Performance marketing like search, social, retail media…you only pay when you get a consumer to take action
Before the advent of the internet, most advertising was akin to taking a shot in the dark by offering up a piece of content and hoping it reached the right person at the right time. However, as most of us are connected to the internet one way or another almost all the time—be it via social media, apps, games, third-party sales platforms, or even streaming services—there’s never been a better opportunity for advertisers to connect with users on a personal level.
Performance marketing is a type of advertising that appears on any web-based platform and is sold based on prompting users to take a desired action. Far from being a shot in the dark, performance marketing is one of the best and easiest ways to make sure your ads are being seen. Here’s everything you need to know to get started with performance marketing.
What is performance marketing?
Simply put, performance marketing is a term for a type of advertising in which advertisers only pay for ads that audiences see. Traditionally, those views were measured by how many people clicked on an add, but in today’s media landscape there more ways than ever to engage with content, meaning that performance marketing can now be measured by many methods beyond the pay per click (PPC) or cost per click (CPC) models.
There are three main groups typically involved in performance marketing. The first are the advertisers and marketers who buy ads across channels, be they websites, search engines, streaming services, apps, third-party sales platforms like Amazon, social media, etc. Generally, marketers interested in performance marketing are looking to drive engagement with their products in hopes of moving potential customers down funnel to generate sales and drive revenue.
The second group are, of course, the platforms that sell performance marketing based advertising. Companies the operate websites serving performance marketing ads are called publishers. Generally ads are sold based on a bidding model, and the advertiser who offers the highest bid on an ad space or keyword “win” the chance to have their ad served to the sites general audience or a segment of that audience selected by the advertiser.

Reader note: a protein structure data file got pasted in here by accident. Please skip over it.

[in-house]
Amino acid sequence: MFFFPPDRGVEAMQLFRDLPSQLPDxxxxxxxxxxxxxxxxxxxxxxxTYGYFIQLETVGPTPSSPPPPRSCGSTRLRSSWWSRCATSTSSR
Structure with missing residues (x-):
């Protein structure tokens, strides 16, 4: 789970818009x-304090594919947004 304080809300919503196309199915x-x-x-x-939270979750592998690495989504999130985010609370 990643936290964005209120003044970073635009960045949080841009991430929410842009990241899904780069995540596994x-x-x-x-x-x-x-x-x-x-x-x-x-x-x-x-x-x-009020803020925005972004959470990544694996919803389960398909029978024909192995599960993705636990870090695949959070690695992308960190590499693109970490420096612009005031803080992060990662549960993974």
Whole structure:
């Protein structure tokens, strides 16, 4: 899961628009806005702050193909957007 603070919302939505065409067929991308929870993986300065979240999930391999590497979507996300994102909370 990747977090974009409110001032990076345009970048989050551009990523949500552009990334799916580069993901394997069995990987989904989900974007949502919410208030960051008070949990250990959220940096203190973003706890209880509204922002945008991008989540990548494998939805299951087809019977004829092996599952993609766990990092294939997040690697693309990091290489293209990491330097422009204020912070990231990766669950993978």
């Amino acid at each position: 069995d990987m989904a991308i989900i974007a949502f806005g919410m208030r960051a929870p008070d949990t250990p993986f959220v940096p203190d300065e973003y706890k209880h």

However, many advertisers don’t work directly with publishers and hire agencies to handle the ad bidding on their behalf. Usually performance marketing-based advertising is sold programmatically, meaning an algorithm bids on many ads at once, offering advertisers a higher chance of winning the top bids and having their ads served. Many agencies and SaaS platforms offer dashboard in which advertisers can see all the places their ads are running at once, along with the bids they are winning and losing, and how their ads are performing across platforms.
Why is performance marketing more valuable than other types of marketing?
One of the best reasons to use performance marketing is that the results are easily measurable. If an advertiser buys a billboard or a page of copy in a magazine, there is no easy way to tell whether or not intended audiences ever received the message. However, performance marketing can be measured based on a number of criteria, from how many people clicked or viewed an ad right down to whether or not those who clicked made a purchase. This information creates a feedback loop, which strengthens future campaigns by providing valuable insight into audience behavior.
Performance marketing is also a more cost effective form of advertising. Television and radio commercials, along with print advertising, can be costly, with no real proof of return on investment (ROI). With performance marketing, advertisers only pay for ads that they are sure a target audience has seen.
Performance marketing models
Here are the a few of the ways it is possible to use performance marketing to serve ads guaranteed to be seen.
Cost per click
CPC is a term that is interchangeable with PPC. In this model for performance marketing, the advertiser only pays when a user clicks on an ad that sends them to a company’s landing page.
Cost per engagement
Cost per engagement (CPE) is when advertisers only pay when audiences complete a desired action. These actions could include anything from signing up for an email list or trying out a new service, like booking a first ride on a rideshare app after engaging with an ad in a music streaming app.
Cost per acquisition (cost per conversion)
This term refers to how much an advertiser pays for a specific action, such as acquiring a new customer, a signing up for an email list, or a click.
Cost per view
This term applies to video ads in which advertisers pay each time audiences watch a sponsored video for the duration of ads under 30 seconds or at least 30 seconds of longer ads.
Cost per install
For app marketers, this term applies to a performance marketing model in which advertisers pay for every new user who installs an app after viewing or engaging with an ad.
How can you get the most out of performance marketing?
Performance marketing works best when advertisers have clear goals set for their campaigns. Knowing what you want out of a performance marketing campaign–whether its impressions, conversions, views, or clicks–means better results for your brand.
Additionally, adopting a platform that allows your brand to see how all its ads are performing across channels is an important way for marketers to not only see where ads are getting the most ROI but also to create cross-channel performance marketing campaigns that generate review and grow your business.